Travel: Poland's possibilities
There's more than pierogi, but that's pretty good, too
Posted: January 9, 2013
Anyone looking for a quick getaway vacation need look no further than Poland, the Czech Republic's colorful northeastern neighbor. Visitors can take advantage of the sights, sounds and tastes of the still largely unexplored country, bursting at the seams with ancient history and treasures waiting to be uncovered.
A must-see for anyone visiting Poland is Warsaw, made the new capital after King Sigismund III Vasa moved the court there from Kraków in 1596. As a tribute to him, there is a large column in the center of the city's Old Town Square, with King Sigismund standing guard on top.
By far the largest city in Poland, Warsaw is located in the heart of the country, along the Vistula River, and its history dates to the 13th century. Though leveled and destroyed throughout history - especially during World War II - Warsaw has rebuilt and renewed itself again and again. Today, Old Town Square, meticulously rebuilt after its demolition during World War II, stands as a testament to its former glory: As many bricks and aspects of the city's ancient architecture as possible were reused during reconstruction. Along with its many modern upgrades - including a colorful, animated water fountain show set to music best seen at night -Old Town Square is one of the most dynamic destinations of the Polish capital.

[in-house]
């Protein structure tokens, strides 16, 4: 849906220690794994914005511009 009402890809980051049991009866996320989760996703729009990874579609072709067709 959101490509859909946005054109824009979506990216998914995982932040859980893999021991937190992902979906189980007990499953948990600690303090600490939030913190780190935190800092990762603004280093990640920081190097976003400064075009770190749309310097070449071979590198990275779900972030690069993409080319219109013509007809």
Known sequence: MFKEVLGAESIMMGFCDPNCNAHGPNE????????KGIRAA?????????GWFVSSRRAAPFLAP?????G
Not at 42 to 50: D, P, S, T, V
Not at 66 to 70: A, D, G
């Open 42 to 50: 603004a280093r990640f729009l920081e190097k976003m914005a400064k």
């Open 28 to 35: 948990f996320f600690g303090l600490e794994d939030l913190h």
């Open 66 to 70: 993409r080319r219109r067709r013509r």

The square also houses Polka, the restaurant owned by Magda Gessler, both celebrity and celebrity chef. Located on Świętojańska street, the restaurant's homey setting is the perfect place to sample traditional Polish dishes. The adventurous should not skip the pickled herring, homemade żurek soup, pierogi, and, of course, the many salads containing sauerkraut, cucumbers, beets and other vegetables and delights that Poles hold dear to their hearts.
Not far from Old Town Square, in the direction of the Royal Palace, one finds an imposing black statue of Adam Mickiewicz, perhaps one of the best-known and most-beloved Polish poets. Though he also authored dramas, translations and other pieces, it is his poetry, namely his national epic, Pan Tadeusz, for which he is most recognized. Nearly every Pole has at least first few lines of the epic poem memorized.
Notice a mermaid in your midst? The mythical creature is the symbol of Warsaw, as evidenced by the many representative statues throughout the city, as well as on its coat of arms. Legend has it that two of Triton's daughters set out into the seas and oceans - one stayed in Denmark and can now be seen sitting on at the entrance to the port of Copenhagen, while the other found her way to Warsaw through the Vistula River. A bronze mermaid sculpture from 1855, complete with requisite sword and shield in hand, can be found in Warsaw's Old Town Market Place, while another sits by the riverbank. If sculptures and monuments are of particular intrigue, sightseers can walk from the Old Town into the New Town, where a solemn-looking Nicolaus Copernicus sits guard, or down to Aleja Solidarności, where a massive sculpture of the goddess Nike stretching her arms out commemorates the soldiers and civilians who lost their lives fighting for Warsaw's freedom in World War II.